A Primer on Austrian Business Cycle Theory

One of the most important contributions of “Austrian Economics” to the field of finance has been their formulation of the Austrian Business Cycle Theory (ABCT), which is one of the few truly integrated theories on why economies boom and why they subsequently bust. The ABCT is of course not widely accepted by mainstream economists today, for it is near-antithetical to the current dominant Keynesian position that governments exist to smooth out the ebbs and flows of the business cycle, with the solution to virtually any economic downturn simply being more debt-based spending and a corresponding reduction to economy-wide savings.

Yet this is precisely where the ABCT lays blame for the unending swings from boom to bust, arguing that it is in fact the unending creation of money and the continued “management” of the economy by the official sector which gives rise to the unsustainable artificial boom which must inevitably end in ruin. The boom is thus the problem, and the bust is merely a re-alignment of the economy back to a more sustainable state of legitimate economic growth. This, however, is precisely the opposite view held by conventional economists today, with central bankers and government policy-makers presuming that it is the bust, not the boom, that must be fought both tooth and nail through a lowering of the interest rates and corresponding expansion of the money supply.

ABCT begins with the general premise that savings, or capital, is a commodity like any other, and just like any commodity, it too has a price. As investors and businesses seek out loans to make investments, savings comes to constitute the “supply”, investment the “demand”, and the interest rate the “price”. A low interest rate (ie. a low price of capital), is indicative of a relatively large supply of savings relative to investment demand for those savings, whereas a high interest rate (ie. a high price of capital) indicates a relatively low supply of savings in relation to the investment demands of borrowers. In other words, a high interest rate implies that there exists a relatively scarce pool of stored savings within society, and a low interest rate implies that there is currently an abundance of savings available to be loaned out to risk-taking businesses and entrepreneurs.

When the central bank artificially reduces the interest rate below the level it would have otherwise been due to simple supply and demand of savers and borrowers, it engages in a form of price control that subsequently distorts the structure of production and weakens the overall economy. Central banks are, in effect, providing a signal to businesses and other borrowers that an abundance of savings exists to fund various projects at rock-bottom interest rates. It further indicates that individuals have chosen to delay current consumption for future consumption, signaling to producers that pent-up future consumer demand exists for their products and justifying an investment in projects aimed at increasing their production further down the line.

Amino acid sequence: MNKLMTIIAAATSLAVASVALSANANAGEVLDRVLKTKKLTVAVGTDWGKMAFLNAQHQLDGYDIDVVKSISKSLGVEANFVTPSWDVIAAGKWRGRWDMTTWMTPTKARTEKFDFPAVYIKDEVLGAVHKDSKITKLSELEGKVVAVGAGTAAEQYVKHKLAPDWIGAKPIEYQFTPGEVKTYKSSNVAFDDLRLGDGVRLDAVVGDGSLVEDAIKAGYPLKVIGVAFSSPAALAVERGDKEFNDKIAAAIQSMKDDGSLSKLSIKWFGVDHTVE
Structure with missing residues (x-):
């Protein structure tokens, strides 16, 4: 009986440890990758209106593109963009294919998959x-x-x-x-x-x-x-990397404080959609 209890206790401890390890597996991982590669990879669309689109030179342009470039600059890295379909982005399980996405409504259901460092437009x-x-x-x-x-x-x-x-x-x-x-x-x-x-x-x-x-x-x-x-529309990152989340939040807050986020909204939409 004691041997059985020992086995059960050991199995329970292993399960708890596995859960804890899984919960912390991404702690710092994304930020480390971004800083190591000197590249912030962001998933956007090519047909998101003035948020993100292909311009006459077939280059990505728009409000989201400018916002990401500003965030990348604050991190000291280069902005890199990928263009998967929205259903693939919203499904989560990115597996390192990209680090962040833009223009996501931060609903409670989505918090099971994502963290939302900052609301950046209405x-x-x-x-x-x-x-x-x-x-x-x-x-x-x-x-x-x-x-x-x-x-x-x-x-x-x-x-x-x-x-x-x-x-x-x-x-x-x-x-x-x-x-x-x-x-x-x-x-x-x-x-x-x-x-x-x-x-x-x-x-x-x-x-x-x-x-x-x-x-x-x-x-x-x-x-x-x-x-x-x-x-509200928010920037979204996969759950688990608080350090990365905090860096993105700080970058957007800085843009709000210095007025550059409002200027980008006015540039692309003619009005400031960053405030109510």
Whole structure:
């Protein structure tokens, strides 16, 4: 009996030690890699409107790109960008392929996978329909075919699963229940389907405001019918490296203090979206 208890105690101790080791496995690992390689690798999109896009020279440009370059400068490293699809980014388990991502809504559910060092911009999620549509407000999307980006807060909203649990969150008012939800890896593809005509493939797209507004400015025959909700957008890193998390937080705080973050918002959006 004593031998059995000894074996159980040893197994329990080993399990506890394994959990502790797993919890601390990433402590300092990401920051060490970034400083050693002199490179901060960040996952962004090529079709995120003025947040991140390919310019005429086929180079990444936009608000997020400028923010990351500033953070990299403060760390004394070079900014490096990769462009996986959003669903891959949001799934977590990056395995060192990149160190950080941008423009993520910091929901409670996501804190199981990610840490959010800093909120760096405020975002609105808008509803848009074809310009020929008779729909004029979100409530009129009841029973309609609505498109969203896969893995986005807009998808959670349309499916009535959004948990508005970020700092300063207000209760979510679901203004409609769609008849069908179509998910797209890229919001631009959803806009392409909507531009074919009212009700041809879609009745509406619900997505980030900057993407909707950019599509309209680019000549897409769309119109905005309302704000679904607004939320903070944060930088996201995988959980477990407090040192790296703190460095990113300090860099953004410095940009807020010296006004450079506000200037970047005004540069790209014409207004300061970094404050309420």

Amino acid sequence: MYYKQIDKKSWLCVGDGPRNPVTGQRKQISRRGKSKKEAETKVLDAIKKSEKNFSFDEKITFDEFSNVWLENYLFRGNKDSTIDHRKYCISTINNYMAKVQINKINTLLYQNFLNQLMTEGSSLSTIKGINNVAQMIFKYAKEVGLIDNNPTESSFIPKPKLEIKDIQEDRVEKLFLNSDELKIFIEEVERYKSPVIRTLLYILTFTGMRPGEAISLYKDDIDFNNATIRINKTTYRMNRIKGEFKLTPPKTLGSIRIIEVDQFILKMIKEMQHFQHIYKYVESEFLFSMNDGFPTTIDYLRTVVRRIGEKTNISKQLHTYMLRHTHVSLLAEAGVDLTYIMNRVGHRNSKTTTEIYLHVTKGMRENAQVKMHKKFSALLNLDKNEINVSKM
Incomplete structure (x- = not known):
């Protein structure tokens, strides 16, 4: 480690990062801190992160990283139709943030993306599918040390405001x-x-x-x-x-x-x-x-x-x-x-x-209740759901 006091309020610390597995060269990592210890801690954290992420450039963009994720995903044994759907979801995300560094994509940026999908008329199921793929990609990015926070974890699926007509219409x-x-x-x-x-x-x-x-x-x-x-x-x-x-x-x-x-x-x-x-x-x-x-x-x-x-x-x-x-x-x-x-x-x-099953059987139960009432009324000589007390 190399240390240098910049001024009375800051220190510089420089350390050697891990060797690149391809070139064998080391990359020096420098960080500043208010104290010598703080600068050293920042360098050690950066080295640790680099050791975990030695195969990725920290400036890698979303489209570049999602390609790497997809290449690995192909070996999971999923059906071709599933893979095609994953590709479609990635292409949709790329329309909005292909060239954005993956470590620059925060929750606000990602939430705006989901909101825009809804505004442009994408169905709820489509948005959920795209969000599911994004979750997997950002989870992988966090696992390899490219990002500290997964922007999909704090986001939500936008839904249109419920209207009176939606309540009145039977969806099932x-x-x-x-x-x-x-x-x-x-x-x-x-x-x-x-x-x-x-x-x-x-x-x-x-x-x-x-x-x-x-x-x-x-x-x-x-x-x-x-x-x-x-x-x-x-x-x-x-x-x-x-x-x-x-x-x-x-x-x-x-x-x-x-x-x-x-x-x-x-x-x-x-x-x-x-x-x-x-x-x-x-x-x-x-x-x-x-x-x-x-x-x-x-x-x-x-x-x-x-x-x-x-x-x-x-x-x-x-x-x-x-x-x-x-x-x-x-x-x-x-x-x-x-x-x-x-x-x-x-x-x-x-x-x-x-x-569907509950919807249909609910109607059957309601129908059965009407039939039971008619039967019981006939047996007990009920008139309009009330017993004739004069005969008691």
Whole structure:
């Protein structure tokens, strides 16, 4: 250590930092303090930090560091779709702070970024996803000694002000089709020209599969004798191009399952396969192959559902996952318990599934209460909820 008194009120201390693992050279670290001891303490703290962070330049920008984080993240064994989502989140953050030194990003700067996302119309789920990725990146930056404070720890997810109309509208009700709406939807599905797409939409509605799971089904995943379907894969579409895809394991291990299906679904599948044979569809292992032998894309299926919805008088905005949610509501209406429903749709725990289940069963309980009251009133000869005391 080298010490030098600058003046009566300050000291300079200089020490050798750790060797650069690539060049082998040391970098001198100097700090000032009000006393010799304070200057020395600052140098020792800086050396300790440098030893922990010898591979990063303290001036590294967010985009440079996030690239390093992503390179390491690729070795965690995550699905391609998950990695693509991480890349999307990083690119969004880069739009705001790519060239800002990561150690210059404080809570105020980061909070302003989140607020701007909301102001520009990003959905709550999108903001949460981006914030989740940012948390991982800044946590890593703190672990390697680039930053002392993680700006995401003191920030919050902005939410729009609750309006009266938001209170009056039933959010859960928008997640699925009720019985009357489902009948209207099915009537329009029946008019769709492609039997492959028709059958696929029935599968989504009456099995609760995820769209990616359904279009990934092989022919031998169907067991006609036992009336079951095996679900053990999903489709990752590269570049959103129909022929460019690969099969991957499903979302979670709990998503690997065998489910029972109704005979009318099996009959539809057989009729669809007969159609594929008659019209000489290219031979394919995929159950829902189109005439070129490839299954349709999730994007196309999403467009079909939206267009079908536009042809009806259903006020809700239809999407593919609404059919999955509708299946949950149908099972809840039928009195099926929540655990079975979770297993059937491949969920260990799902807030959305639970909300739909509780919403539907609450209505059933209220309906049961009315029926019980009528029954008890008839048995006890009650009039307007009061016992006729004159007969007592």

It is critical of course to remember that “savings” is merely unconsumed production. A baker who bakes bread sells his bread for money which he then uses to purchase eggs, but it should be obvious that the baker could not have bought the eggs unless he had first baked the bread. If we consider the case where not all of the money that was used from the sale of the bread is used to purchase eggs, then this surplus constitutes the bakers savings. But, clearly, this savings originated from production. We must always remember that in the causal chain of production and consumption, production is the origin from which all other things flow. Some of this production is consumed in the form of spending, whereas some is saved and invested in order to increase future production. The amount of savings in the economy is therefore the pool of real (physical) capital produced by society available to fund future investments. It cannot simply be conjured into thin air with the wave of the hand of some altruistic central banker, no matter how low interest rates are lowered.

The artificial lowering of interest rates, then, leads to increased borrowing and the subsequent rapid expansion of business spending on various projects which would have been otherwise unprofitable at the previously higher interest rate. Because this money is simply “printed” into existence through private commercial banks, it is money that is not backed by real wealth – it is simply paper money unsupported by the past production of real goods and services. The simultaneous expansion by all businesses throughout the entire economy now begins to give the appearance of a general and widespread “economic boom” as the various investments by businesses in factories, machinery, and commodities begins to trickle down to all the ancillary industries as well as the wages of its employees. The employees in turn begin to spend their higher wages on consumer goods and services, further serving to stimulate demand until the entire economy has seemingly entered into a wondrous new era of economic prosperity.